Additive ManufacturingAutomotive AM

Tesla Model Y teardown shows evidence of polymer deposition 3D printing in main AC unit

Automaker may have turned to 3D printing to address supply chain issues

Stay up to date with everything that is happening in the wonderful world of AM via our LinkedIn community.

Tesla fan website MunroLive published a teardown video of the new Tesla Model Y that was launched – quite softly – at the end of last March, in the midst of Coronavirus crisis-related supply chain issues. Possibly to address those issues, the video shows that the Model Y’s HVAC system integrates a partly 3D printed part.

Slant3D, a serial production AM factory using farms of extrusion system was the first to post the video. The firm points out on its blog that “the reason for the 3D printed part is unclear. Though it is likely to ensure production continues uninterrupted. The HVAC housing is an exceptionally large molded part. The cost and time of manufacturing are huge, even by injection molding standards. It would not be unsurprising if the mold for this part required 6-8 weeks to produce and cost as much as $250-500,000. That is a huge production delay, especially for the frenetic pace that Tesla Operates at.”

The original mold for the part likely contained an imperfection so it would have had to be redesigned and reproduced. This would have caused a launch delay in normal times and possibly even more so in COVID-19 times. So Tesla resorted to 3D printing. Judging by the images, the new part is not entirely 3D printed.

Rather, it looks as if Tesla used a kind of multi-axes polymer DED process to deposit material on the 3D surface of the injection molded part, so as to recreate the desired shape. Similar practices for part repair are somewhat common in metal cladding but has not yet been seen in polymer part production. Stratasys and Siemens (and Boeing and Ford) have been working on this kind of AM hardware, mainly for depositing composite materials.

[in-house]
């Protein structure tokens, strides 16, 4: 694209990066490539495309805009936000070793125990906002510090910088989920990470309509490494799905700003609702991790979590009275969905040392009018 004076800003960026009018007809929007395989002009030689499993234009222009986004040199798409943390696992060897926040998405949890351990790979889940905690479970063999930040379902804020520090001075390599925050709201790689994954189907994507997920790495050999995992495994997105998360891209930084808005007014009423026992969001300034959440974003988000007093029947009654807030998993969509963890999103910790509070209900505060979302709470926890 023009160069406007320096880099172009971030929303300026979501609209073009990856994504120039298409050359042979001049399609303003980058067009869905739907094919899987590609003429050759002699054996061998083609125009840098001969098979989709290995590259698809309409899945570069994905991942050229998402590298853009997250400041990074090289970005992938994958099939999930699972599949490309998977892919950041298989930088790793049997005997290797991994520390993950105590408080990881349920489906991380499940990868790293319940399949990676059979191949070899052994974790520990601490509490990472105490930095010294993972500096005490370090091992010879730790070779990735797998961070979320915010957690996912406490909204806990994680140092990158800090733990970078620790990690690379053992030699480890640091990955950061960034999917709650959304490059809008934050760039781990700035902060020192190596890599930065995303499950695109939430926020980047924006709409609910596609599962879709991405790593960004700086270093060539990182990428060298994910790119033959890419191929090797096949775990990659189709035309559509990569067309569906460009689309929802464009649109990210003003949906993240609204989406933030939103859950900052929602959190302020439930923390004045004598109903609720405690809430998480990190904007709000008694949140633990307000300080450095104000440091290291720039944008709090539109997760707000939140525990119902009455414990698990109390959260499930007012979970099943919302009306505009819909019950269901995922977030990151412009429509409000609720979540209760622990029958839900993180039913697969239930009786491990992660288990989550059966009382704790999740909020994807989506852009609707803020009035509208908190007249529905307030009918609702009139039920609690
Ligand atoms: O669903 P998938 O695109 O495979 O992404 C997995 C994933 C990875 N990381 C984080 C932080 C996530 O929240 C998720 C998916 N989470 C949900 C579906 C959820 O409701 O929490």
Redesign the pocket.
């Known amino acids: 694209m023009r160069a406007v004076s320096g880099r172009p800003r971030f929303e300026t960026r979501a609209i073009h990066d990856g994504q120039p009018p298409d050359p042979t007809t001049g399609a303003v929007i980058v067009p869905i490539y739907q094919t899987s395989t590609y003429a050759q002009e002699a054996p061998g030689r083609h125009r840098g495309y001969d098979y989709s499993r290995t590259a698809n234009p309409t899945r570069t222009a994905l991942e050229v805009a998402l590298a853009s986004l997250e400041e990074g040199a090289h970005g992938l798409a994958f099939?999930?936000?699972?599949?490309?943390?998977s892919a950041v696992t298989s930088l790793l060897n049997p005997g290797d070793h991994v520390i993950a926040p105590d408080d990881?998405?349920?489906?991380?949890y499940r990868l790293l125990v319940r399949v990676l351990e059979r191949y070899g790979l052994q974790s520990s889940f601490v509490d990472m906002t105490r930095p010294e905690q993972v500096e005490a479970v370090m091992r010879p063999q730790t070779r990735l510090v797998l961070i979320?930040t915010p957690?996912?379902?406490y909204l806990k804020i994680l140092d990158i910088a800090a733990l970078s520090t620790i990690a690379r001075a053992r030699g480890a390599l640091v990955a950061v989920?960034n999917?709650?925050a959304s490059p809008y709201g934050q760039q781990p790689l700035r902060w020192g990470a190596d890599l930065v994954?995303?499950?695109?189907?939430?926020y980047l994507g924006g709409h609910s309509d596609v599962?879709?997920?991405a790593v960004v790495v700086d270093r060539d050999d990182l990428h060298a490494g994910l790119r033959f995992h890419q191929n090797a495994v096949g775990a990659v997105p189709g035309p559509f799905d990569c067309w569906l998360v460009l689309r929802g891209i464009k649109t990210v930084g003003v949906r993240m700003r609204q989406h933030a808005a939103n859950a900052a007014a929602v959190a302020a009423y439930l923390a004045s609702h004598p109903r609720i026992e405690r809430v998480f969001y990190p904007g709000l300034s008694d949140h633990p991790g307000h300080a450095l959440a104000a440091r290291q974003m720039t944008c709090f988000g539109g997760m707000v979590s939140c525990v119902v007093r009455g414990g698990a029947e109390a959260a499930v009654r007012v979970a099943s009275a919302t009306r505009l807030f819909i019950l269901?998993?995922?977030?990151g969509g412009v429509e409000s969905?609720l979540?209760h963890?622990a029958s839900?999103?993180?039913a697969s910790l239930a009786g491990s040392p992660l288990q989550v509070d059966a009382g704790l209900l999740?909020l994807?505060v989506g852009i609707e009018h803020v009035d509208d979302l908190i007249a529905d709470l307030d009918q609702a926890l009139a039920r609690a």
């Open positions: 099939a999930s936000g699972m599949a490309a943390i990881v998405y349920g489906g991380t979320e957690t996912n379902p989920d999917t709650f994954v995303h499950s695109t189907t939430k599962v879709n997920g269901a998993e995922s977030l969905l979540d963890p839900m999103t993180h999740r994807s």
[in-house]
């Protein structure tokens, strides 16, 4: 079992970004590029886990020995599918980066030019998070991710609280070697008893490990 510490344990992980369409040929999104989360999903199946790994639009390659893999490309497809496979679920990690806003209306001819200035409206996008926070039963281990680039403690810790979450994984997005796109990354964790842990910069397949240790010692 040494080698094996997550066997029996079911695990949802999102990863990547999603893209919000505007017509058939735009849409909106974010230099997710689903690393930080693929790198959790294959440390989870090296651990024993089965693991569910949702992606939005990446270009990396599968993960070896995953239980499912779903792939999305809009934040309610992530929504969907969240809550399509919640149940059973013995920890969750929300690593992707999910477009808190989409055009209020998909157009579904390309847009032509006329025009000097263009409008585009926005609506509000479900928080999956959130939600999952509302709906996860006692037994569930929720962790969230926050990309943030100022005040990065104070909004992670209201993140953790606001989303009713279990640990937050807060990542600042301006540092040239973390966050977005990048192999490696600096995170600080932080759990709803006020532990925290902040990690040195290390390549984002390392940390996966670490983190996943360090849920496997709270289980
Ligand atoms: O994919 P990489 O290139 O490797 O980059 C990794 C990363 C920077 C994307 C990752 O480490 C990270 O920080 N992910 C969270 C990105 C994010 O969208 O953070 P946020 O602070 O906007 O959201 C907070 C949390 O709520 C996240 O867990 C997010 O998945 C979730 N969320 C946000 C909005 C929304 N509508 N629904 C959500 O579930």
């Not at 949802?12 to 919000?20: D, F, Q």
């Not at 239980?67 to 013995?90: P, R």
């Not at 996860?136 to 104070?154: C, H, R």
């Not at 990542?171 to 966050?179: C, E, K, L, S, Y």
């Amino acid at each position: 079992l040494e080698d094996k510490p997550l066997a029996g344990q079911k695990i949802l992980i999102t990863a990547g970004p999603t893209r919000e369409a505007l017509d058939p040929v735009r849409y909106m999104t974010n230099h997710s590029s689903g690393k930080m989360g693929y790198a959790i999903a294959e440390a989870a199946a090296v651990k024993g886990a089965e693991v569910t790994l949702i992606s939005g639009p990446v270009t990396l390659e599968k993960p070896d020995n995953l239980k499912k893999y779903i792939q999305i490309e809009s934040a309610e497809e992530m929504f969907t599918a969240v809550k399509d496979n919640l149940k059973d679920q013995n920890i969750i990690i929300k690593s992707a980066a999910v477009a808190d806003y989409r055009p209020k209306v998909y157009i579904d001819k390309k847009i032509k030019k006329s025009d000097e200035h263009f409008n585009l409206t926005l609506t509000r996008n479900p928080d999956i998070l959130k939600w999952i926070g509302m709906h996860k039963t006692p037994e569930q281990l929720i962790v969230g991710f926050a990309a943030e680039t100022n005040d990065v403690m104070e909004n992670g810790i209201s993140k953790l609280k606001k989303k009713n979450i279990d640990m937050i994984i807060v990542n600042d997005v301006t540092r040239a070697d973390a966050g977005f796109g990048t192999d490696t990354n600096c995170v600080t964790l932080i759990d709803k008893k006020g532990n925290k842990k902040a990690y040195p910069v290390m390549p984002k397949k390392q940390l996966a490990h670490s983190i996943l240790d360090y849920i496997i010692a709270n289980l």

With all the robotic arms automating production in Tesla’s factory, adding a polymer extrusion engine seems a relatively straight-forward process. The question remains whether this was just an emergency solution or the start of greater adoption of 3D printing by Tesla Motors.

Source: Slant3D blog

Consumer Products AM 2024

This new market study from VoxelMatters provides an in-depth analysis and forecast of polymer and metal AM in the consumer products industry across the three core segments of the additive manufactu...

Related Articles

Leave a Reply

Your email address will not be published. Required fields are marked *

Back to top button
Close Popup
Privacy Settings saved!
Privacy Settings

When you visit any web site, it may store or retrieve information on your browser, mostly in the form of cookies. Control your personal Cookie Services here.

These cookies are necessary for the website to function and cannot be switched off in our systems.

Technical Cookies
In order to use this website we use the following technically required cookies
  • wordpress_test_cookie
  • wordpress_logged_in_
  • wordpress_sec

Decline all Services
Accept all Services


Join our 12,000+ Professional community and get weekly AM industry insights straight to your inbox. Our editor-curated newsletter equips executives, engineers, and end-users with crucial updates, helping you stay ahead.